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Approach and Research Program

The World Heritage (WH) Information Kit (UNESCO 2008: 5) states in the opening chapter: “Heritage is our legacy from the past, what we live with today, and what we pass on to future generations. Our cultural and natural heritage are both irreplaceable sources of life and inspiration. They are our touchstones, our points of reference, our identity.” Although much has changed since the introduction of the WH Convention in 1972, these sentences – more than 35 years later – make it clear: It is difficult to overcome some of the most problematic traditional ideas on heritage present from the beginning – and meanwhile somewhat outdated – in this most influential “authorized heritage discourse” (AHD). As Smith puts it in her seminal book on Uses of Heritage (2005: 300), “the subjectivity of this discourse is obscured not only by its association with objective expertise, but because of its characterization of heritage as a tangible and immutable ‘thing’ – its identification of heritage as ‘physical’ renders the values and ideologies the discourse represents as tangible and self evident.”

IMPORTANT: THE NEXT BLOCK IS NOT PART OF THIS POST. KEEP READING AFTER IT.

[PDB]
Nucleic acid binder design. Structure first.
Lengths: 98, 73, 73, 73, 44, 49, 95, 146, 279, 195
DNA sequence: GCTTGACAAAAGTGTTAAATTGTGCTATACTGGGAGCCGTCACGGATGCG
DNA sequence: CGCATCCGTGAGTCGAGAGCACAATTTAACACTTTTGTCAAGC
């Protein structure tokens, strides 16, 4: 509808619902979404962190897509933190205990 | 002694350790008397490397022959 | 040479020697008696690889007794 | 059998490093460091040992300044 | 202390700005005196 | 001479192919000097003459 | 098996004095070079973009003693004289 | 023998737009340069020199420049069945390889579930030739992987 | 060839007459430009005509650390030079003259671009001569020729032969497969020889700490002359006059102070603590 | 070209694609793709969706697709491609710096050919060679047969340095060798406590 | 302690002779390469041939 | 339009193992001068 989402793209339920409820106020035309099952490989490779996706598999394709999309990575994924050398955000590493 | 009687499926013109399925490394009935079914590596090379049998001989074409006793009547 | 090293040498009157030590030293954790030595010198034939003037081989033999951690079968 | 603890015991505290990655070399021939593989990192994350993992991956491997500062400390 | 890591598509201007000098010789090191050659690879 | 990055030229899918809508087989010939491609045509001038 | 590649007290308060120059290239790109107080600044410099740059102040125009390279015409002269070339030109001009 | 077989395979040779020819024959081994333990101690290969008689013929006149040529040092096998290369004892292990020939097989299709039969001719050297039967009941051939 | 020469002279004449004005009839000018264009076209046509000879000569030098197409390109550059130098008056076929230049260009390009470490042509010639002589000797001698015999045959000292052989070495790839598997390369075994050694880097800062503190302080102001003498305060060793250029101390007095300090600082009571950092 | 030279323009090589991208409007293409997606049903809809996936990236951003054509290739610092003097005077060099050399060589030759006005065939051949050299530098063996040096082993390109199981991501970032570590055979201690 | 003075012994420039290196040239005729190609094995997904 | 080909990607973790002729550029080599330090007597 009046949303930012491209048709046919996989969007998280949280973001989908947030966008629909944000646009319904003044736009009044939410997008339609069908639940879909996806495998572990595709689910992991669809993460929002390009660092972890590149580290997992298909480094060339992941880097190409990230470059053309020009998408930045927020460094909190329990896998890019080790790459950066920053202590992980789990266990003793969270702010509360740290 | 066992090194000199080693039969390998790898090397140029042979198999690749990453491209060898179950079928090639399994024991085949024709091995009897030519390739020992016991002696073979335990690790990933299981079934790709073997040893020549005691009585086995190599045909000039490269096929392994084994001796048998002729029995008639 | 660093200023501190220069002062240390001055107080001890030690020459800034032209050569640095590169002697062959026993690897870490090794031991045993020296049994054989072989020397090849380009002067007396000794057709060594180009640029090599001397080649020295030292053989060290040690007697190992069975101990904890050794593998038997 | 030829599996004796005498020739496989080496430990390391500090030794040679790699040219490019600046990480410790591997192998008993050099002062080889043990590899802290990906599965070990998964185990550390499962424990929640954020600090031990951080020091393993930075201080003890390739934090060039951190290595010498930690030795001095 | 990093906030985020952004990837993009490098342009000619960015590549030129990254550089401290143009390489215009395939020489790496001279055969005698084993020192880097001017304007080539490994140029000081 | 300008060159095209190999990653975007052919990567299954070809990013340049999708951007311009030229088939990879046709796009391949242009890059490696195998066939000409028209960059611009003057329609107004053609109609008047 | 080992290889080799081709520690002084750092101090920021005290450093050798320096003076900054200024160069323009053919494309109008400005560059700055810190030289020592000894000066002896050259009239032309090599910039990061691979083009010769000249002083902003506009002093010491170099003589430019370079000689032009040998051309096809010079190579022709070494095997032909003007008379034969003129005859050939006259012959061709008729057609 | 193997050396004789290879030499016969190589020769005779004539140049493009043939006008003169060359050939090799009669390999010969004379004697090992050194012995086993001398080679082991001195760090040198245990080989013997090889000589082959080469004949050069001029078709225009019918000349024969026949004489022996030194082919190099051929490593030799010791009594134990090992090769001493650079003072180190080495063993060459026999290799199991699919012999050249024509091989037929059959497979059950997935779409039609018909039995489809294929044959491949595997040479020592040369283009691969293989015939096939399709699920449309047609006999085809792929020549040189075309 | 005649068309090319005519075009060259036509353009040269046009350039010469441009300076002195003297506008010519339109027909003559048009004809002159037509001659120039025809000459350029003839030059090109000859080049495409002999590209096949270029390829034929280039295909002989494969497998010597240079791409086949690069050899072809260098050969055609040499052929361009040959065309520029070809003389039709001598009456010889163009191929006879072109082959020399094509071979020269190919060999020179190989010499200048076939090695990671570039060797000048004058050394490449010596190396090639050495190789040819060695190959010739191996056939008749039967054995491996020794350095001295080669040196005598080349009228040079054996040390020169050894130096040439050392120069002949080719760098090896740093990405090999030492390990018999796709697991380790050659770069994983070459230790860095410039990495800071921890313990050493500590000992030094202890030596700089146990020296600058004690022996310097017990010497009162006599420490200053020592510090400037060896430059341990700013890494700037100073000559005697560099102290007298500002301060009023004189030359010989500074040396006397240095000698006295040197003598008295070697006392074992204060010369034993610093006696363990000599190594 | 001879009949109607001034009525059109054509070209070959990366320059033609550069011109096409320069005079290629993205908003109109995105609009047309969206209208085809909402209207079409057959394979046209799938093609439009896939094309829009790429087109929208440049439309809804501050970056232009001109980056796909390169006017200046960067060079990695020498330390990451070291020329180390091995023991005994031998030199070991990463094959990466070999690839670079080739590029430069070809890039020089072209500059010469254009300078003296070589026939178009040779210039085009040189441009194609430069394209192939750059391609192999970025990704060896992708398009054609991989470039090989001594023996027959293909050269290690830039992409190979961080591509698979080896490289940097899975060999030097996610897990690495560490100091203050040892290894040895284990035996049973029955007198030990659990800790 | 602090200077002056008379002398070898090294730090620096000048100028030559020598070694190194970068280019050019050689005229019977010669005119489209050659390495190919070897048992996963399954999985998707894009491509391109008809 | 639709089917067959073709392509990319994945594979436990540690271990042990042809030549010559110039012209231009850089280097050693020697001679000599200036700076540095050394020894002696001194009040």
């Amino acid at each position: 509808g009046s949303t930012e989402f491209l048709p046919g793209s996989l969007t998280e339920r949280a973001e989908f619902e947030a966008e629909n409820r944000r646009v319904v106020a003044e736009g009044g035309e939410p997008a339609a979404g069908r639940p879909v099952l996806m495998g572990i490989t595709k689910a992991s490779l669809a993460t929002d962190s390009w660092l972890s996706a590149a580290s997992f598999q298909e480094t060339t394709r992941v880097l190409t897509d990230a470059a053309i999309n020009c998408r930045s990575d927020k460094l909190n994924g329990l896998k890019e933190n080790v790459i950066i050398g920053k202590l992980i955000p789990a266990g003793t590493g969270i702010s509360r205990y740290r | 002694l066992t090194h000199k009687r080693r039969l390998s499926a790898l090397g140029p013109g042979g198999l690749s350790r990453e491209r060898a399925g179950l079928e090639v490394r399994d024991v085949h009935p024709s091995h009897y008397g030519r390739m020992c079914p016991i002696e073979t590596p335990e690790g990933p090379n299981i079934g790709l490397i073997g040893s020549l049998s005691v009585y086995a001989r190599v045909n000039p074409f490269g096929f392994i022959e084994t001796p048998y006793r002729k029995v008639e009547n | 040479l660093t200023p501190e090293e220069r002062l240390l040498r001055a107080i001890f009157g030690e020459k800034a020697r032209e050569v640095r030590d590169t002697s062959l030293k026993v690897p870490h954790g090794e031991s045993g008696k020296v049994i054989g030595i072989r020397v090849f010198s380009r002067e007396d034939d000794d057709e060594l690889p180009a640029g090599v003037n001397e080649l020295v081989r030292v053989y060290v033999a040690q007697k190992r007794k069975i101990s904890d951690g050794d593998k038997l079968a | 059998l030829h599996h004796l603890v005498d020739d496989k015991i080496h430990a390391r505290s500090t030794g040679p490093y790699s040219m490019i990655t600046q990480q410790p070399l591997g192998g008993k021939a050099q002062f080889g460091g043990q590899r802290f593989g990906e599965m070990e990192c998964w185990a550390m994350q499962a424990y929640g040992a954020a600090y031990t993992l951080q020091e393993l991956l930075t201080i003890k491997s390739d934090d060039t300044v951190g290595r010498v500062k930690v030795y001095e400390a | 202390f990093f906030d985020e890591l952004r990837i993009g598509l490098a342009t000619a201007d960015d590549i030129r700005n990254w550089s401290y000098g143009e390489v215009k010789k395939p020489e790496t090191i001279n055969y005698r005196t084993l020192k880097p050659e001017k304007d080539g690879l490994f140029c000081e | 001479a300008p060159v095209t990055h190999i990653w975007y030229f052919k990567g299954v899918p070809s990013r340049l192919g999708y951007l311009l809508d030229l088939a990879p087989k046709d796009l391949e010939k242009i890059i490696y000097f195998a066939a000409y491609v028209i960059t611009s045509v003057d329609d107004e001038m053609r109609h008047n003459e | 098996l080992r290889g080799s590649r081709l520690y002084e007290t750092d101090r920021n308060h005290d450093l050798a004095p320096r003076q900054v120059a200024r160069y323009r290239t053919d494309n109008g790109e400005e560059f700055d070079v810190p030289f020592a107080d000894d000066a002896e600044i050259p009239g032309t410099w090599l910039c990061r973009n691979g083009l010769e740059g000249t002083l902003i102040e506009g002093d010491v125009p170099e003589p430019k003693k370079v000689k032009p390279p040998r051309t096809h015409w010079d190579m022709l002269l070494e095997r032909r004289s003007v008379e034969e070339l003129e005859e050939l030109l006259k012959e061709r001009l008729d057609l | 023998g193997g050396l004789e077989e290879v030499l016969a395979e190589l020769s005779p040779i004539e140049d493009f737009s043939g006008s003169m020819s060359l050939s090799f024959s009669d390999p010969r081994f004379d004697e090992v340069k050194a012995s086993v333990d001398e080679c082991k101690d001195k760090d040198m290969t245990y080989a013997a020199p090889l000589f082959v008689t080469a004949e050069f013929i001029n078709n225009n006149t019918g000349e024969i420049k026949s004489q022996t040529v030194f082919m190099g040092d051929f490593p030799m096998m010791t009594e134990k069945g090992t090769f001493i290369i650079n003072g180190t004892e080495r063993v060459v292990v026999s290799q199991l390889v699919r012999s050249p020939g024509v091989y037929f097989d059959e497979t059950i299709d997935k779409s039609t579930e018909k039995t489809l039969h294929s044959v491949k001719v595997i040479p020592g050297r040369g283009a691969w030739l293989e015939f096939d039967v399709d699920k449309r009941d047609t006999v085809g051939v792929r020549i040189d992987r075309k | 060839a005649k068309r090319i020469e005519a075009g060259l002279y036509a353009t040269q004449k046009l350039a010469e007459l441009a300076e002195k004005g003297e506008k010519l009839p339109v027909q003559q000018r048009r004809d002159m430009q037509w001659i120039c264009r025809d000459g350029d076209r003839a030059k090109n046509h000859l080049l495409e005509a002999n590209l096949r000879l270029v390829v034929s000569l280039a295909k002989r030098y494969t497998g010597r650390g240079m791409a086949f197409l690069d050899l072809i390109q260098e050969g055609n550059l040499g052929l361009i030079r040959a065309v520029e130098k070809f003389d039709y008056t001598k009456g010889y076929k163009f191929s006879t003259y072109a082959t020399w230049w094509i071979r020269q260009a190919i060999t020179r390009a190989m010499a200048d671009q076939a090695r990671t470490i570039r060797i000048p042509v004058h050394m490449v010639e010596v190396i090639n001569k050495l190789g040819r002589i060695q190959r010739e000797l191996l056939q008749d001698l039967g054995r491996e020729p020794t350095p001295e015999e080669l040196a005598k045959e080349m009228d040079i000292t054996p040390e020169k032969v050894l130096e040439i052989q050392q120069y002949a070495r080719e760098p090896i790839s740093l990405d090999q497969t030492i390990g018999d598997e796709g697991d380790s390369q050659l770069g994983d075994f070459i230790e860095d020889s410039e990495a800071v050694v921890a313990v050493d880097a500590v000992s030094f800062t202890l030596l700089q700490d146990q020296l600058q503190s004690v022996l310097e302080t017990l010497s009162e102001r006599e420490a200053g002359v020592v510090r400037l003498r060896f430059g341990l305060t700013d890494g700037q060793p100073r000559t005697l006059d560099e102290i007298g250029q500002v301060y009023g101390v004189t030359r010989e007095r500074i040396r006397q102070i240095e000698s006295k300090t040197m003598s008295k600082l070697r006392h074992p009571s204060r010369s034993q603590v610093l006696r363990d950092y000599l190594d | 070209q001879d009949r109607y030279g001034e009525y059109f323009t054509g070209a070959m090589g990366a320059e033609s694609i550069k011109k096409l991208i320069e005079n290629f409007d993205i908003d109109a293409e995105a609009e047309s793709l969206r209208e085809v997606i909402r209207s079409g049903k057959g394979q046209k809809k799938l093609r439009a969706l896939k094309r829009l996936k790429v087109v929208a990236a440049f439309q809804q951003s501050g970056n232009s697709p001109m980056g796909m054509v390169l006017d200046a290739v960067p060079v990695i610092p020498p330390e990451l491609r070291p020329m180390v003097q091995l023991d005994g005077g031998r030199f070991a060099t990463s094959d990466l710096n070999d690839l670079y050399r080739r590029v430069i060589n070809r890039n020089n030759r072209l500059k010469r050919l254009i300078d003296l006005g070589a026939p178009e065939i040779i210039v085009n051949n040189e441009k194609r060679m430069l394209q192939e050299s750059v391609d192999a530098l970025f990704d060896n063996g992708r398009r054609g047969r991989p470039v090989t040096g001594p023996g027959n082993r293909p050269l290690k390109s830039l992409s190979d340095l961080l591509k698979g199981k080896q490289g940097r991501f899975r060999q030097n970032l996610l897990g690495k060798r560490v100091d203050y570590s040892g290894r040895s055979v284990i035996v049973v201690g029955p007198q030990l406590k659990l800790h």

In 1994, the WH Committee had adopted the “Global Strategy” to make the WH list a more balanced, representative and credible instrument. This was the first step towards a renovation of the inherent heritage concept, away from the “Eurocentric” concentration on built monuments (“elitist architecture”), to include “sites that are outstanding demonstrations of human coexistence with the land as well as human interactions, cultural coexistence, spirituality and creative expression” (UNESCO 2008: 15). New types of sites were gradually developed, among which cultural landscapes (Taylor & Lennon 2012) and more recently the broadening of the concept of historic towns into historic urban landscapes. Despite these developments and the adoption of the Convention for the Safeguarding of Intangible Cultural Heritage in 2003 (cf. Smith & Akagawa 2009), only in 2007 “Community” was added as the fifth C to the four existing Cs called “key strategic objectives” from 2002 (Credibility, Conservation, Capacity Building, Communication), now definitely admitting that heritage sites are often living und thus changing entities.